Full marks to Onsen Master for pulling something a little different out of the hat. I’ve played umpteen sim management games, but never have I been tasked with dealing with the unwashed masses.
Taking place across several bath house style settings, this is a game which challenges you to mix ingredients and match visitors and their ailments to corresponding cures. However, yokai (supernatural pests) are intent on creating a mess and generally being a pain in the backside.
The action takes place from a top-down perspective (think Overcooked!) and each bath house is laid out with tubs of ingredients, hot springs and a mixing station. Customers will start to file in, and you will need to grab items which bear the matching symbol to them, mix them up, chuck them in the spring and then lead the customer to the same tub of water and throw them in too.
Of course, as you cleanse your guests the water will get dirty and you’ll be required to hop in and clean it. As with mixing, all this requires is a brief rotation of the right thumbstick to rectify. Guests and yokai will also leave a trail of dirt which is quick to clean up, but if left will slow everything down.
The control setup is simple, with the triggers acting as grab buttons for both ingredients and customers. It works well enough, but can sometimes lack accuracy when there are a lot of items littering the bath house. When you’re against the clock too, repeatedly picking up the wrong things can become somewhat irritating.
In the single player story mode, there are six settings to play through, each with three rounds. It’s a very short adventure, which will probably take you just over an hour to complete. As you would expect, things get a little more tricky as you progress but fundamentally, each level feels pretty much the same. This is because apart from some slight layout changes, the need to lob an enchantment into the mix or yokai that chuck you about a bit, everything remains the same.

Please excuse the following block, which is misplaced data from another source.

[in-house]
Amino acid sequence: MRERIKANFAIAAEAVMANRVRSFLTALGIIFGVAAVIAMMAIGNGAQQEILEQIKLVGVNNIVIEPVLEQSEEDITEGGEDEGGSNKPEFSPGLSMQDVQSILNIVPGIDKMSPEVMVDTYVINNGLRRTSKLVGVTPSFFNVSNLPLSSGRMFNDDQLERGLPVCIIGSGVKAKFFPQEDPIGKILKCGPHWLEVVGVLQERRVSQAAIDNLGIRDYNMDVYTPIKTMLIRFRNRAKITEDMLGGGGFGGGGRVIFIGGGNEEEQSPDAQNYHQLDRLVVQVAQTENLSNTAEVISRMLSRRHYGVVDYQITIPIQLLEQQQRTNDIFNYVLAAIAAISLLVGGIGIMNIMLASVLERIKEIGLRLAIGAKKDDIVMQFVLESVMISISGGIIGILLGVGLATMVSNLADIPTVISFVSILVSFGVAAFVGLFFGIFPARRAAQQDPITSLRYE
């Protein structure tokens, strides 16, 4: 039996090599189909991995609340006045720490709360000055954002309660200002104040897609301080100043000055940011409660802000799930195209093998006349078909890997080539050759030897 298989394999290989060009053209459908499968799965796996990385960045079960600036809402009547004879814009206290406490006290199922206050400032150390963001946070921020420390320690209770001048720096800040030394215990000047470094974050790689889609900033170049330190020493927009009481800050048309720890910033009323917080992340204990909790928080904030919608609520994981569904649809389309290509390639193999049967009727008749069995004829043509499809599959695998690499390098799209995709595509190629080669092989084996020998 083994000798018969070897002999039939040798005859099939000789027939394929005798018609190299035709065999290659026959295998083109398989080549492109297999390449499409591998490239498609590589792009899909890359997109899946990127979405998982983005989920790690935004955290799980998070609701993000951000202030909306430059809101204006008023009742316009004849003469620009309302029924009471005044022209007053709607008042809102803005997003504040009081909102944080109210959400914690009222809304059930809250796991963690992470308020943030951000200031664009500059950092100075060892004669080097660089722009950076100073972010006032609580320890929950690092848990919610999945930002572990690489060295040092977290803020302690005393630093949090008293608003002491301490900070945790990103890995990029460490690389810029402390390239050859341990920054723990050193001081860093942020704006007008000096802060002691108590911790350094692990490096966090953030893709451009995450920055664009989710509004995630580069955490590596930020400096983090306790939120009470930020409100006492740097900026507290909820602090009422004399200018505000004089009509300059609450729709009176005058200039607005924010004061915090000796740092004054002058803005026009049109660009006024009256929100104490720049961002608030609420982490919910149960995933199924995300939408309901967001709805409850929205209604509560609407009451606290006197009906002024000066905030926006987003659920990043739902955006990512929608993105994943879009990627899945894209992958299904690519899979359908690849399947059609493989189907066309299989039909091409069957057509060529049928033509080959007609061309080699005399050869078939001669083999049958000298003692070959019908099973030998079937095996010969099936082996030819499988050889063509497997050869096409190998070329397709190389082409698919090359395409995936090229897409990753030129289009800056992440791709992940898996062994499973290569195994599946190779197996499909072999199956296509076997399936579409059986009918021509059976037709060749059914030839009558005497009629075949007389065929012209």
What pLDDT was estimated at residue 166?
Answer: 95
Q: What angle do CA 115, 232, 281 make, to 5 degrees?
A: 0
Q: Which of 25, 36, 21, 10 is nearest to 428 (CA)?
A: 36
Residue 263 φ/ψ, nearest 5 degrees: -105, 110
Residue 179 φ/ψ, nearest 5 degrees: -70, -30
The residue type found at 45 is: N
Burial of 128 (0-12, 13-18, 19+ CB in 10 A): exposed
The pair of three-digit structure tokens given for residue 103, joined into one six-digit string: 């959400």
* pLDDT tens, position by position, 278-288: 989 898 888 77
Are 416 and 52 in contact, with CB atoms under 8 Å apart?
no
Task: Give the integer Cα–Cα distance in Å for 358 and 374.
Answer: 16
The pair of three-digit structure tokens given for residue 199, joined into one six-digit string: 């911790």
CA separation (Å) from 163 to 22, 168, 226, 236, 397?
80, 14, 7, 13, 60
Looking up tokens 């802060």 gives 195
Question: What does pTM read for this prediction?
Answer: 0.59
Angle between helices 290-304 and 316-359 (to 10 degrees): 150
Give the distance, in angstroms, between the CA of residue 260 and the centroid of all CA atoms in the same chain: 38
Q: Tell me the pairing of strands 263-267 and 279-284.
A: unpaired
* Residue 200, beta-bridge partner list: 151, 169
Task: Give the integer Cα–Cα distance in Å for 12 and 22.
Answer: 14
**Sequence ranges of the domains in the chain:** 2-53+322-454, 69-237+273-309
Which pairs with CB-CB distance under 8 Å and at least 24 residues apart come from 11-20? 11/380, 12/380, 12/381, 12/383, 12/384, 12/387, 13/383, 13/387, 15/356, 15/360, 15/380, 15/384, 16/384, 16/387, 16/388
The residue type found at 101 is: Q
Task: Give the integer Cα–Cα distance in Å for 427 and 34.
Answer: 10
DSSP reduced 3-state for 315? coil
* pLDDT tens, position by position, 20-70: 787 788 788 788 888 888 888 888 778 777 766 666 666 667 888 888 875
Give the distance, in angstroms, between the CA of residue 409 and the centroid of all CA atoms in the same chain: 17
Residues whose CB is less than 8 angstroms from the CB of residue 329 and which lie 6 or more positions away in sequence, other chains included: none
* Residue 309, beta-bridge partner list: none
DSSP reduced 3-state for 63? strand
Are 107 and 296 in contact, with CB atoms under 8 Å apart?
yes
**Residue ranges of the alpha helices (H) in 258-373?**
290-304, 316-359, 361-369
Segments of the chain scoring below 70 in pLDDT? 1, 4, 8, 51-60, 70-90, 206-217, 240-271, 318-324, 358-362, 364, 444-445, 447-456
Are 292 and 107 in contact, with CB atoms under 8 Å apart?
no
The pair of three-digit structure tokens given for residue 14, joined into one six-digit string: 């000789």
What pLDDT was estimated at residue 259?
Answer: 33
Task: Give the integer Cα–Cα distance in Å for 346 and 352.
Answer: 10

The fact that, essentially, you have to play through three rounds of each level doesn’t help Onsen Master from feeling incredibly repetitive. The only real difference is the appearance of a boss in the final round of each level. These require a greater quantity of ingredients to “defeat” and usually require you to deal with some minions before you get the big bad itself into the hot tub.
Beating the boss is compulsory to proceed, but oddly the levels they appear in feel like a trade-off between going for the high score and focusing purely on vanquishing the big bad. This is especially true in the later levels where it doesn’t as there is enough time to do both. In terms of challenge, this is about as difficult as Onsen Master gets. Unfortunately this forces you to play these levels additional times, in a game which is already incredibly repetitive.
There is also a story behind the bathing action, which is told through exchanges between the characters. I can’t lie, I had no idea what was going on and the rambling nature of the conversations didn’t help. Fortunately, the narrative feels so detached from the actual gameplay that there’s really nothing to worry about.
Away from the story, there is an arcade mode should you wish to replay any levels, a “stock” mode with lives or you can opt for the Endless Mode. I must say that after playing through the story I felt like I had seen pretty much everything Onsen Master had to offer; my appetite for these other modes was weak to say the least.
There are a fair few multiplayer options packed into Onsen Master too, such as co-op play and local head to head battles. Again, it depends on how much you enjoy the core game as to whether you will make use of these, because rather incredibly the game manages to play almost exactly the same across every mode. This makes the price tag of £12.49 feel expensive, mainly because it’s severely lacking in variety.
What I will say is that Onsen Master is fairly pretty, with the visuals and soundtrack tying everything together nicely. It won’t wow you in this department, but it does a convincing job nonetheless. The game is optimised for Xbox Series X|S, but I’m not really sure how much of a difference that makes.
Onsen Master is a quirky take on the management genre, but it’s incredibly simple to play and does virtually nothing to build on it. It does feel aimed squarely at younger gamers who I’m sure will enjoy it to a degree, but there’s little here to keep others invested.
Despite feeling a little different, Onsen Master is a shallow, repetitive game that even a seemingly generous amount of game modes cannot cure. You’ll know after the first few minutes whether this is for you or not.
Onsen Master is on the Xbox Store